Having grown up in western Canada, I have crossed the paths traveled by Canada's great explorers on more than one occasion and have sensed the spirits of such remarkable men as Simon Fraser, Daniel Harmon, Peter Fidler, Anthony Henday, Henry Kelsey and especially David Thompson. Having walked the same ground, paddled the same waters, and ridden the same mountains, hills and valleys, I understand the awe they must have felt.
I have wished that I was with them in those moments we read about in history books: Fraser as he explored the river which now bears his name or, Thompson as he crossed Howse Pass or Athabasca Pass where he wrote that a “new world was before [him]...” . The great folk singer Stan Rogers must have shared this feeling, for he captures it eloquently in his song Northwest Passage:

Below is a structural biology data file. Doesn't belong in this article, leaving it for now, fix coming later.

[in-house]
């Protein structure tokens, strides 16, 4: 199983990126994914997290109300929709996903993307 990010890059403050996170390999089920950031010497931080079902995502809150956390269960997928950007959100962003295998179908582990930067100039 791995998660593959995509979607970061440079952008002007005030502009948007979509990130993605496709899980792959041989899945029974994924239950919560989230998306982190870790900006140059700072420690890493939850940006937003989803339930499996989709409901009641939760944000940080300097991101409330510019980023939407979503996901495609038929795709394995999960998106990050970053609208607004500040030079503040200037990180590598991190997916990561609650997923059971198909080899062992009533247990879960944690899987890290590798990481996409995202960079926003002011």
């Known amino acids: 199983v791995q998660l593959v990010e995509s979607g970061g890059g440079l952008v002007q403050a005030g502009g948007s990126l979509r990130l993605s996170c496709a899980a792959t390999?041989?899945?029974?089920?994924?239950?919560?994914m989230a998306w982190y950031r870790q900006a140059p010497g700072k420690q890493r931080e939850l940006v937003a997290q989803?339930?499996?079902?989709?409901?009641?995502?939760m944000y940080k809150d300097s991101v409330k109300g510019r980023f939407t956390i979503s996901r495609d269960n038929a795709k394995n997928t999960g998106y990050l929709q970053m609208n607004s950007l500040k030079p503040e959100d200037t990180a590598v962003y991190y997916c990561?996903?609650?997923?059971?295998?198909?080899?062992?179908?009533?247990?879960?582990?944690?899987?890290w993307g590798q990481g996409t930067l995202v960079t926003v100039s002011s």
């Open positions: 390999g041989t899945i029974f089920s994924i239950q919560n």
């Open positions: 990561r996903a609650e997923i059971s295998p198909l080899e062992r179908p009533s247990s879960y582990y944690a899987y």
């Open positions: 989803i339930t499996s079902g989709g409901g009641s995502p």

And through the night, behind the wheel, the mileage clicking west
I think upon Mackenzie, David Thompson and the rest
Who cracked the mountain ramparts and did show a path for me
To race the roaring Fraser to the sea.
How then am I so different from the first men through this way?
Like them, I left a settled life, I threw it all away.
To seek a northwest passage at the call of many men
To find there but the road back home again.
Excerpts from "Northwest Passage" by Stan Rogers